19th Amendment: Aftermath And Stories About When Women Got The Right To Vote

By | August 15, 2020

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Three unidentified women make history by becoming the first of their sex to vote in an election after the 19th Amendment was passed, San Francisco, California, late 1910s or early 1920s. (Underwood Archives/Getty Images)

After more than four decades of demonstrations, debates, and discussions, women in the United States finally won the right to vote when the 19th Amendment to the U.S. Constitution was passed on August 18, 1920. It was a momentous event in the country and an important turning point for women. For the first 144 years of the United States, it was commonly thought, at least among the men in leadership roles, that women were too weak and delicate to worry their pretty heads about politics. Of course, we know that plenty of women, like Abigail Adams, were interested in politics and understood the power of American women.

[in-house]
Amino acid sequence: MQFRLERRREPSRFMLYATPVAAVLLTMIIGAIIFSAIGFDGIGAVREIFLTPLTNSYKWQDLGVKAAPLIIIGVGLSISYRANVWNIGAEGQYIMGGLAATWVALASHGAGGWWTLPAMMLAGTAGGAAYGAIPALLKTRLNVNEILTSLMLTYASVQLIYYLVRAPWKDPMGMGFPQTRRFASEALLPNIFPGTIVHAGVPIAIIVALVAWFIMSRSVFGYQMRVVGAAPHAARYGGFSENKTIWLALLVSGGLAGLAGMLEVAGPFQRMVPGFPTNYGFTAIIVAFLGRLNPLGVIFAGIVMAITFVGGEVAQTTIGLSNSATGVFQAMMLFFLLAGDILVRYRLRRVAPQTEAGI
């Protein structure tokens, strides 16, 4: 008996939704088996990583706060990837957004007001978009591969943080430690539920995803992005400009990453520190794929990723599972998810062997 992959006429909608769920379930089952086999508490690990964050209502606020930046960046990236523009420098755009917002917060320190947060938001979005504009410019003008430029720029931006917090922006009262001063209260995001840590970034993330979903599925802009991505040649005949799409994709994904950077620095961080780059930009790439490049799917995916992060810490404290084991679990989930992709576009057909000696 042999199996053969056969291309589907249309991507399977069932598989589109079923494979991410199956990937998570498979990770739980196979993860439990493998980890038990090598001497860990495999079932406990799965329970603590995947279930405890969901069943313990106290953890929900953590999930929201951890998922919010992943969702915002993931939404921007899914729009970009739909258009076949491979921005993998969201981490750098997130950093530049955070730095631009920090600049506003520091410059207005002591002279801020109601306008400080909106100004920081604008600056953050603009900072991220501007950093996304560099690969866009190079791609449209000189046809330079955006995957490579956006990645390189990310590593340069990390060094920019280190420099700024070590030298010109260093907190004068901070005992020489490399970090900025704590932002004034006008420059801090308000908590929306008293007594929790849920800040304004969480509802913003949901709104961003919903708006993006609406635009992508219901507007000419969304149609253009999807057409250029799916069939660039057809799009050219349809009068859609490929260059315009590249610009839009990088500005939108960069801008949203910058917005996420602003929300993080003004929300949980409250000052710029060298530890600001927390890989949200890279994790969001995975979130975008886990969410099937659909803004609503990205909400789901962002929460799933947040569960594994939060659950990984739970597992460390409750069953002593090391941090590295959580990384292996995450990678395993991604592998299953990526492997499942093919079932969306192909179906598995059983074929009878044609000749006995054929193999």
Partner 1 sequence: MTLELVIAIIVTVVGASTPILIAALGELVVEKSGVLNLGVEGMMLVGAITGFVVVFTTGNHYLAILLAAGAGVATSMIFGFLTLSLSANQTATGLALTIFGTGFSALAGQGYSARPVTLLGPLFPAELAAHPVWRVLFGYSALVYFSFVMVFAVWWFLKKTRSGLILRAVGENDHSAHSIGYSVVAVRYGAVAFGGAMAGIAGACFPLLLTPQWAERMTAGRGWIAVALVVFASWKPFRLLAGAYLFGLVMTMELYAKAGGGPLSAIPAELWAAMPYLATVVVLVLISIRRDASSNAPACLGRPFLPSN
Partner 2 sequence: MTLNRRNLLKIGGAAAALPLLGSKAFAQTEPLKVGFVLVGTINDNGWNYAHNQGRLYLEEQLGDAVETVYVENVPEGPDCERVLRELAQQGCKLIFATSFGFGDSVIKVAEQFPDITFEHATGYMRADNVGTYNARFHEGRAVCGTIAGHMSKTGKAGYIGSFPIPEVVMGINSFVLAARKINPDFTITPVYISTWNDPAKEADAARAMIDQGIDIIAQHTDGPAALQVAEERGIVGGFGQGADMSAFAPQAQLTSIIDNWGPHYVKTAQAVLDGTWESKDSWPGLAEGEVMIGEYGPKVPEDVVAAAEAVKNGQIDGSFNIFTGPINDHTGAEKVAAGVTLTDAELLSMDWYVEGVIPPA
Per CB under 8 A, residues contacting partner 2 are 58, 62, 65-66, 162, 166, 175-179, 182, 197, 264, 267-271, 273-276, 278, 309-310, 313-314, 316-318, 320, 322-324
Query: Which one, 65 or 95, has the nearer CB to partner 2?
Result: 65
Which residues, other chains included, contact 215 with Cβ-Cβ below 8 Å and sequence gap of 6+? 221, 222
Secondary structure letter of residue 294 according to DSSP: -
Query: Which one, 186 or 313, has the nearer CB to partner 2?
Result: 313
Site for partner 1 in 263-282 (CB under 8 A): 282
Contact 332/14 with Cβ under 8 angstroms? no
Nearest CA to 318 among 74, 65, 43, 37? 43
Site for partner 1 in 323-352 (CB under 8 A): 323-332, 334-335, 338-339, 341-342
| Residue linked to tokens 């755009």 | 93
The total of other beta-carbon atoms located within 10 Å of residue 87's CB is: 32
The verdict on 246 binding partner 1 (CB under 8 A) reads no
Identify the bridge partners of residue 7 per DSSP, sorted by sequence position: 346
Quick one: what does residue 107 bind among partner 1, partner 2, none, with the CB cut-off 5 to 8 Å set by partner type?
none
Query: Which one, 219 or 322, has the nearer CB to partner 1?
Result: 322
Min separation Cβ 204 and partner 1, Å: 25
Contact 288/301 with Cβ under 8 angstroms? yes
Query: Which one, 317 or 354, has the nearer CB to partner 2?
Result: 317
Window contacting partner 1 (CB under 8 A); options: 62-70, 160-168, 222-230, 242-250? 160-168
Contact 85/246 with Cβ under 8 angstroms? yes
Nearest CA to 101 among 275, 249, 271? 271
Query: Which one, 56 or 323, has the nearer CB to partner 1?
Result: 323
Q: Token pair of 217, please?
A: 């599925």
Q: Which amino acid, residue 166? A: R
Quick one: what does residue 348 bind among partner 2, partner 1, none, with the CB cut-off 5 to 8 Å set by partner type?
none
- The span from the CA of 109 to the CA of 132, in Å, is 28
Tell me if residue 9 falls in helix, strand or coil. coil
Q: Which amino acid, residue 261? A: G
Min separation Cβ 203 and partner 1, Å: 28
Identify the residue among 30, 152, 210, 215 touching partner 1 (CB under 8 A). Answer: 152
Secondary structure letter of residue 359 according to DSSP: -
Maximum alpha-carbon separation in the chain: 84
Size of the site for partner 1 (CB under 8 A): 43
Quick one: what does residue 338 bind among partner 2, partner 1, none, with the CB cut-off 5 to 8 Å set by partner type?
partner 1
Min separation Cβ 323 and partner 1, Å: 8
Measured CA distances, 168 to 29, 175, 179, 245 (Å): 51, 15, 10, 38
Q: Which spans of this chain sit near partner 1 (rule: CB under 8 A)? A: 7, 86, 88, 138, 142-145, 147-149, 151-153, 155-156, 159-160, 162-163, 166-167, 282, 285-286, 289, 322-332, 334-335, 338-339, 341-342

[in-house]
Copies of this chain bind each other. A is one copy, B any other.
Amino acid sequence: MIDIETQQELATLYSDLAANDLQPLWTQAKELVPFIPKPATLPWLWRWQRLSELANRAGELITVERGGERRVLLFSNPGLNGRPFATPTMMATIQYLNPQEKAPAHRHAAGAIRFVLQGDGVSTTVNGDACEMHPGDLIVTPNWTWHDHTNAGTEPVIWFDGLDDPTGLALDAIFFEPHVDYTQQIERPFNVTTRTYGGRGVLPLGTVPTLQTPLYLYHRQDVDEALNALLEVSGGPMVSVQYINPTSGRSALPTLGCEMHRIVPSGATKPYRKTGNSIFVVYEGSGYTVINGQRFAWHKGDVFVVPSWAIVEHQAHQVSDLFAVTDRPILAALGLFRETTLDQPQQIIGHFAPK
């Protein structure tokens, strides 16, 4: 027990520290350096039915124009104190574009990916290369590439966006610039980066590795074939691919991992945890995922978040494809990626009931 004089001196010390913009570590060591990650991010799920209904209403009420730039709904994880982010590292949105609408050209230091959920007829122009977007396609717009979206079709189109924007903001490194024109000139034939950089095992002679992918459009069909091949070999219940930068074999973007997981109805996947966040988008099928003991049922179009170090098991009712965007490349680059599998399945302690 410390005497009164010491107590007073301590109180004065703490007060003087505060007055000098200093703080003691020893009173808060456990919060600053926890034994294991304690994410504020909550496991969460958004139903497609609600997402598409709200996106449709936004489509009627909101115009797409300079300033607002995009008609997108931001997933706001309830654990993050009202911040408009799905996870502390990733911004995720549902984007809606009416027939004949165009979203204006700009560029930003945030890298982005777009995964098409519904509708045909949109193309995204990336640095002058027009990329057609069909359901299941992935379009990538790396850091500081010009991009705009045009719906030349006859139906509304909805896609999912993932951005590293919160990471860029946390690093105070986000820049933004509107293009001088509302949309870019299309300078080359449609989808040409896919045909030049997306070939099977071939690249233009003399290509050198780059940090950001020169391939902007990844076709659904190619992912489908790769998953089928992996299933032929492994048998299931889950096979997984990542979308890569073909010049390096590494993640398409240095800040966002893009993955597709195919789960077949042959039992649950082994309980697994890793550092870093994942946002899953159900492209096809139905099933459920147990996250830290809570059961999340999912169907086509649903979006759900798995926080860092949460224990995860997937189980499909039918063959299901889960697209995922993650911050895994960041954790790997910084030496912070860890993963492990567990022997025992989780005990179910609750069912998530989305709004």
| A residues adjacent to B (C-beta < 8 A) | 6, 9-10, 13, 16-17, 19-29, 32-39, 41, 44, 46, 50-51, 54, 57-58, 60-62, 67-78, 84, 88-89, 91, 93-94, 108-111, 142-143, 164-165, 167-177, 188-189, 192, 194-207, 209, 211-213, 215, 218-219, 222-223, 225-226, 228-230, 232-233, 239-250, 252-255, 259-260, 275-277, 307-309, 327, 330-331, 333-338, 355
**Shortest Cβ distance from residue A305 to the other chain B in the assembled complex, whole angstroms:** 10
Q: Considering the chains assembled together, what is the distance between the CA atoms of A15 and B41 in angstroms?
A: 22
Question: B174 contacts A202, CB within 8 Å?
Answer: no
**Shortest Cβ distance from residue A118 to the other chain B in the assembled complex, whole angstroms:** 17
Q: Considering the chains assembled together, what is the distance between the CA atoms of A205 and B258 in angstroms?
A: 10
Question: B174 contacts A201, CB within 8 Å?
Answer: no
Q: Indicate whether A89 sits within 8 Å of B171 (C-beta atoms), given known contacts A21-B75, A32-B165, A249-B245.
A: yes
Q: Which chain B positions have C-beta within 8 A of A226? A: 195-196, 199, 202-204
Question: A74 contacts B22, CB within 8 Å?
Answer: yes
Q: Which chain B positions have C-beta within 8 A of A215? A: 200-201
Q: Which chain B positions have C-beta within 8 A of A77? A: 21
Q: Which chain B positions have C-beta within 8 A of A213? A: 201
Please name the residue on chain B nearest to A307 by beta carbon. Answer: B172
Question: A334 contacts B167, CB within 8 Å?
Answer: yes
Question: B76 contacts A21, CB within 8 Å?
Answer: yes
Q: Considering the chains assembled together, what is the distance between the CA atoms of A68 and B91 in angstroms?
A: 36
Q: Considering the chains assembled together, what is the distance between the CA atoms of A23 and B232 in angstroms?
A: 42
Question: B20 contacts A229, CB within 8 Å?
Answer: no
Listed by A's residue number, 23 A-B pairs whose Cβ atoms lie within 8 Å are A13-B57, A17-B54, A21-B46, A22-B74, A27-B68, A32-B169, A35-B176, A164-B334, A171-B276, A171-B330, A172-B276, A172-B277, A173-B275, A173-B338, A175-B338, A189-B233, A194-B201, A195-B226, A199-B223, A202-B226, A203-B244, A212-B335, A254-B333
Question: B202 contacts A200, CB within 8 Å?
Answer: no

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U.S. women won the right to vote after many other countries granted women's suffrage. (Associated Press)

Why Did It Take So Long?

Since the Constitutional Convention in 1787—when Abigail Adams implored her husband, John Adams, in a letter to "remember the ladies" when establishing the framework for the new country—women have sought to make their voices heard in the United States. While other nations were granting their fairer citizens voting rights, however, the U.S. lagged behind. The women's suffrage movement picked up steam after the Seneca Falls Convention in July 1848, but even some of the cause's staunchest supporters pumped the breaks to aid the abolitionists of the Civil War.